Dark mode, black mode, dark theme, night mode, light-on-dark-colour-scheme… all different ways to name a “little” feature that has had a major impact on the marketing email design world. Dark mode is a colour scheme that reverses what we typically see in email design and uses light coloured elements on a dark background.
We’re sure you’ve already heard of it or maybe you even use this feature yourself, but here’s a quick run down of what it’s all about and some things that every marketer should know when it comes to designing emails in dark mode.
What is dark mode and why do people use it
Dark mode is a reverse colour scheme using light text and image elements on a darker background. This feature was first introduced as a means to conserve battery life and energy consumption in as early as 2018. YouTube launched an optional dark theme shortly after and since then we’ve seen in influx of new dark mode themes in a variety of platforms entering the scene.
In addition to conserving energy, dark mode is said to be easier to read and reduces eyestrain. It seems like this is a great feature however the reduction in user eyestrain has come with an even bigger headache for email marketers.
How does dark mode affect your emails?
Unfortunately handling dark mode isn’t as easy as it may seem. There are various mobile apps, desktop and web email clients that support a dark mode theme, however they aren’t all handled consistently. This means that a one-size-fits-all approach won’t work when designing for dark mode. An email that looks great in one client might look completely different in another.
There are three main ways that dark mode themes affect your emails:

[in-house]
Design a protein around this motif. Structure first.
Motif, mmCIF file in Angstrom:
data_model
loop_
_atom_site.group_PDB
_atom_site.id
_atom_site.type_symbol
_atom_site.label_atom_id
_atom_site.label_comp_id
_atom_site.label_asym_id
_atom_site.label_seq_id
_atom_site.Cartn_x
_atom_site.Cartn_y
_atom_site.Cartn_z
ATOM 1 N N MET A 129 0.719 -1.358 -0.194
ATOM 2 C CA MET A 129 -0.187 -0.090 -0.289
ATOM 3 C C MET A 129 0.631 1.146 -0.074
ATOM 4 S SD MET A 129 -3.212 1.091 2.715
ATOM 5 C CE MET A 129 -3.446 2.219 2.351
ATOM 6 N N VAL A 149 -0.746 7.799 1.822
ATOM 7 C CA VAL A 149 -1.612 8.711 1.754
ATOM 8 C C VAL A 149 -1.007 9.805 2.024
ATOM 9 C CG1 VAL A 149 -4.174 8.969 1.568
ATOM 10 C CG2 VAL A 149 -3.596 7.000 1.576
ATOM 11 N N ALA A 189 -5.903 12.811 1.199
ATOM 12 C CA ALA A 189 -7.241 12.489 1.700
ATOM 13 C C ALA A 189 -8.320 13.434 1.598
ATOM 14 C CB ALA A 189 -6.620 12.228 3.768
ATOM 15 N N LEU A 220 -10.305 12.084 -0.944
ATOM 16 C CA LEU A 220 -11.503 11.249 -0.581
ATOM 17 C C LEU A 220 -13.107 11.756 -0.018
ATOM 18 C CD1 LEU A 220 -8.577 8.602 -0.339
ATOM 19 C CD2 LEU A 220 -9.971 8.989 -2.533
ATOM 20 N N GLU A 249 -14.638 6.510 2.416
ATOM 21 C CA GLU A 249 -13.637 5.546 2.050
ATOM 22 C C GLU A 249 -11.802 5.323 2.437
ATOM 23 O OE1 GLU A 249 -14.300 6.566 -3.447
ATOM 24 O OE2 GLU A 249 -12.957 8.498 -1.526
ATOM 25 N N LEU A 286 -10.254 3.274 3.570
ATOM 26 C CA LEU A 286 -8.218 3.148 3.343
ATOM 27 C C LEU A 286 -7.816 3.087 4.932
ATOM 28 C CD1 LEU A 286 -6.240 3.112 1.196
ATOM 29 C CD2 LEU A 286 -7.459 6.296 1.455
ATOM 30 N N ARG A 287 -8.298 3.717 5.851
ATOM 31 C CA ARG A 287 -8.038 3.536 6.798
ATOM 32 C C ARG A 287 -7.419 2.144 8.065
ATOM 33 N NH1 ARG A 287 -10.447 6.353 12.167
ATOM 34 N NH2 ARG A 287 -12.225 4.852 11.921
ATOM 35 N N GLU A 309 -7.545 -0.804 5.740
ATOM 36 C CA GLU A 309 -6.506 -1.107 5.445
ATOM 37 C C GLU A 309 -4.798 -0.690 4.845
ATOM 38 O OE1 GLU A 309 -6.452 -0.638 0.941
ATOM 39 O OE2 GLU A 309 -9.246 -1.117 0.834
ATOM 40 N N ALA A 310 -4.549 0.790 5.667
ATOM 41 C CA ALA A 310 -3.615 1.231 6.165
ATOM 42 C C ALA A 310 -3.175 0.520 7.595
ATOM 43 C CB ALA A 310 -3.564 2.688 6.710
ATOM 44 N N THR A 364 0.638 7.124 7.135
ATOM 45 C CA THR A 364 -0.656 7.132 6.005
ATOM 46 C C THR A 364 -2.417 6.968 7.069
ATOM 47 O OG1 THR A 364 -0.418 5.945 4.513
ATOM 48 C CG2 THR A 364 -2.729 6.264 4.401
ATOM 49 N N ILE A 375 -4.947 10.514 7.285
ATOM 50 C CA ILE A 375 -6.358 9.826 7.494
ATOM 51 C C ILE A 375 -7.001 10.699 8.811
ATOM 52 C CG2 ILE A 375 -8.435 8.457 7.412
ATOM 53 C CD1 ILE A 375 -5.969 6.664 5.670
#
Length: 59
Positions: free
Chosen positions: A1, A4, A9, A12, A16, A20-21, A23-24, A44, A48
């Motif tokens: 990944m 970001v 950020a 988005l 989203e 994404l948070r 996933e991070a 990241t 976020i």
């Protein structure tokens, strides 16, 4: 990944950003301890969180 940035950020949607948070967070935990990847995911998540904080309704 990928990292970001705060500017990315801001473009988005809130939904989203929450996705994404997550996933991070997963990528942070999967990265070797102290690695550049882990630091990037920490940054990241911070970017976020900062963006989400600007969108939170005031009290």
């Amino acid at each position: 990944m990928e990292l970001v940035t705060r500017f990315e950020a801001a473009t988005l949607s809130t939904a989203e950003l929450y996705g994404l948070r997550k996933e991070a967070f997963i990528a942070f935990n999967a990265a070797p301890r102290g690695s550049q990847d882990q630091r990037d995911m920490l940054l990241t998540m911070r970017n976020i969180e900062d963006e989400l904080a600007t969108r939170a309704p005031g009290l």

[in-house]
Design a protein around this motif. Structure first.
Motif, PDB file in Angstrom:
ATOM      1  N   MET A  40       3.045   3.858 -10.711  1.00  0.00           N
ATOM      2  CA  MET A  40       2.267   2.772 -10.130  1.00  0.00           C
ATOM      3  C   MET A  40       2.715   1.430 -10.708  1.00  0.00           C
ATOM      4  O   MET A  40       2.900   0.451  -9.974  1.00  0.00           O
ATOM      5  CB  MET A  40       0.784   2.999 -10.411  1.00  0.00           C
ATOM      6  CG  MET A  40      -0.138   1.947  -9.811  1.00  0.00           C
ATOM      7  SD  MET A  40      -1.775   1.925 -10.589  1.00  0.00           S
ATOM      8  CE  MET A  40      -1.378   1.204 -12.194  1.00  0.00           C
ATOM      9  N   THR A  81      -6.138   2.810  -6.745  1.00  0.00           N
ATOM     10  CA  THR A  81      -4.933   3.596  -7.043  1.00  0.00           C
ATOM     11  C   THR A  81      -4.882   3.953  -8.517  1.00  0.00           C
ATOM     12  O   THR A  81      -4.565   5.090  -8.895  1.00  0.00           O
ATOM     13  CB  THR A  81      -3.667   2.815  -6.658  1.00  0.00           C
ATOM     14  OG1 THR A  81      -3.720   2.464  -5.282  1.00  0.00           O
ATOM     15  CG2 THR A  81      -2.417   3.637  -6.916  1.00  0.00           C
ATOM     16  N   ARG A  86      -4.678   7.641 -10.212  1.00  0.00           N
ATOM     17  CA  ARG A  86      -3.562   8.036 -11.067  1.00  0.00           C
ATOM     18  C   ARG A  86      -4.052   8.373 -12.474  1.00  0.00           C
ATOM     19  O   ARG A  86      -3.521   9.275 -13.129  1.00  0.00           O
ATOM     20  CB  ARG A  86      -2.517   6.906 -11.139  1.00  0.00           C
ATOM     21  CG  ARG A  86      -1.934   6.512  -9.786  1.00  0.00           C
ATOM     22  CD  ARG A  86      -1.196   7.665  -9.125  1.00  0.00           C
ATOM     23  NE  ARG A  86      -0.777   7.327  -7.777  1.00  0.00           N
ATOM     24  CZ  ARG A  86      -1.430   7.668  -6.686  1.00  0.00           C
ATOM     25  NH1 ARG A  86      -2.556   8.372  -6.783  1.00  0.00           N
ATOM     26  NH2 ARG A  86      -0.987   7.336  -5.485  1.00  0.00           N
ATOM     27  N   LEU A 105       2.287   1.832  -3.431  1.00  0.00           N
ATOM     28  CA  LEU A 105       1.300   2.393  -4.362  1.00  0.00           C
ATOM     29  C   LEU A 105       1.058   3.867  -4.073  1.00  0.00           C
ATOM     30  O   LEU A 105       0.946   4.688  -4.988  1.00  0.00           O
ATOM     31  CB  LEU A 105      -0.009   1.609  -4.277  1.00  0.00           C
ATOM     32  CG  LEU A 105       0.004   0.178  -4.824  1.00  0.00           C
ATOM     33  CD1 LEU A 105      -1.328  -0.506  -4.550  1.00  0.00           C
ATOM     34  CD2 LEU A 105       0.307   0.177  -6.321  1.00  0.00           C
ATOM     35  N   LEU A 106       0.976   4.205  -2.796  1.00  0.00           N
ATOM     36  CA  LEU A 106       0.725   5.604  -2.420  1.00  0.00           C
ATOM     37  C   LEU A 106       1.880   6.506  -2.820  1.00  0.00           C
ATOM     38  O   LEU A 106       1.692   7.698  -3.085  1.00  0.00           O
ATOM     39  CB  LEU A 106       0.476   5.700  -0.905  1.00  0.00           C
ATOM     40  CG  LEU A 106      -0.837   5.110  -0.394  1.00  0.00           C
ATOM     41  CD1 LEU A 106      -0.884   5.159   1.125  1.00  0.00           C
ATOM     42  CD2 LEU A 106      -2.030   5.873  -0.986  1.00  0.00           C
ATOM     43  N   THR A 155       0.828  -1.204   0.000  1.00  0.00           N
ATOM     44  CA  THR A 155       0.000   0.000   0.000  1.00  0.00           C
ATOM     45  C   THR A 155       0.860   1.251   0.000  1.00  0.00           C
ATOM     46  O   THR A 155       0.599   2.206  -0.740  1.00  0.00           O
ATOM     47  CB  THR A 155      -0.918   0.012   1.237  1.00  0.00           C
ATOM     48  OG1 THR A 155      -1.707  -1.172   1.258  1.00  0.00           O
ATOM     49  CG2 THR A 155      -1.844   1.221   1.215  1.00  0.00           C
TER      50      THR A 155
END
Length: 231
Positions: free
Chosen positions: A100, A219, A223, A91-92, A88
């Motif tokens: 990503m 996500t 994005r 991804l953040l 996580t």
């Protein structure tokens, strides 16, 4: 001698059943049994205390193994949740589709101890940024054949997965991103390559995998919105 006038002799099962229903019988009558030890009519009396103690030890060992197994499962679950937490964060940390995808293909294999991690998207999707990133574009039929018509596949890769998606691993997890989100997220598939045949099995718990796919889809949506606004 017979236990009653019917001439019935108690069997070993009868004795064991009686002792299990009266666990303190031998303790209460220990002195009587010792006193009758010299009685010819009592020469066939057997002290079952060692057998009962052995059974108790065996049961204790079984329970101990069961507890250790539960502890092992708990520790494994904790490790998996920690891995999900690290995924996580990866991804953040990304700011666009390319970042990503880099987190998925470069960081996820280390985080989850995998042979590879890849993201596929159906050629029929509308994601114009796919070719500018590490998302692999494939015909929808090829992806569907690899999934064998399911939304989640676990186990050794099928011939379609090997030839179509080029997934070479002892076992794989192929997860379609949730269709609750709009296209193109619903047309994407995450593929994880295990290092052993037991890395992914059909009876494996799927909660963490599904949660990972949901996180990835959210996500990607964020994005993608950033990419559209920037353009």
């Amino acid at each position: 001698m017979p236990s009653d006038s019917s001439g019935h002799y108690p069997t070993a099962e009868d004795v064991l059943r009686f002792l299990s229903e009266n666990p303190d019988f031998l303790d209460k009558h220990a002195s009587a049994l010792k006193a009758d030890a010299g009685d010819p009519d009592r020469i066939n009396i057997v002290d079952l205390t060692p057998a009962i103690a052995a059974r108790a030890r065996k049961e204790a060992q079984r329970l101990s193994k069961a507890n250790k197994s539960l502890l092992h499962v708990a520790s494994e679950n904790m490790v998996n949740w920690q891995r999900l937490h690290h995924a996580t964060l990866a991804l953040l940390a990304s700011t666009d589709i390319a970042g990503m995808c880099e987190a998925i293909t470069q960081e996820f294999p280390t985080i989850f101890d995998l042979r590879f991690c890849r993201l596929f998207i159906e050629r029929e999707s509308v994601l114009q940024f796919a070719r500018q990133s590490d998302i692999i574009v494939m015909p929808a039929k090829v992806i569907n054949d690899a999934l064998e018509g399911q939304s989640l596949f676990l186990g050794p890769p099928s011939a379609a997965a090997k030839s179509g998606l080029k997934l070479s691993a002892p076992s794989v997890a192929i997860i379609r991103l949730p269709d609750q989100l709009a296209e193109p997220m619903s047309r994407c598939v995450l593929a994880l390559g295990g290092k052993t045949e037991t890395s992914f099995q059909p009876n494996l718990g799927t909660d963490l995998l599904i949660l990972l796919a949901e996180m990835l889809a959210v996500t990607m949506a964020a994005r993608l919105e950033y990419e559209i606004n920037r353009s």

1) No colour changes: this means that although the interface of the email client can switch to a dark mode theme, the actual email is not affected. Note however that plain-text emails will trigger the dark mode theme here.
2) Partial colour invert: This method detects areas that are light and inverts them so that any light background becomes dark and any dark text becomes light. This method generally leaves already dark backgrounds alone so your email design is only partially changed.
3) Full colour invert: This scheme inverts all areas both light and dark. So if you have a dark scheme email, email clients using this method (such as gmail) will switch the entire theme to light and vice versa.
Ways to work around Dark Mode alterations
There are a few ways we can work around this new feature.
Translucent logos, iconography, images, etc.
One way to work around dark mode is to add a translucent outline to transparent PNGs so that when dark mode is triggered, darker logos or images don’t get lost.
Images with backgrounds
If you have images with backgrounds, make sure there is enough padding around the image so that the focal point doesn’t get lost. If you have multiple images that are supposed to be the same size, make sure that the reverse will ensure that they size continues to appear consistent.
Add code where appropriate
Add code to support turning on dark mode for clients that have enabled this feature.
Creating plain-text emails can ensure a unified look throughout the email. This option may not render perfectly but it can ensure a better viewing experience than a highly visual HTML email version.
Respect the user
Don’t forget to respect the end user. Alter as necessary to keep the integrity of your emails are in tact, however don’t go so far so that the users that have chosen to enable the dark mode feature are then not getting that same experience with your email.
Test, test, and did we say test?
The way emails render in dark mode is constantly changing so make sure that you are testing your emails before deployment to confirm that they are rendering to your liking. Using a vendor like Litmus who can support QA in a variety of clients can safeguard you for the most optimal viewing experience for your end customer.
Here at Sensible Marketer, we can ease your dark mode headaches. We design html emails to work on all platforms, as well as branded templates in drag and drop editors.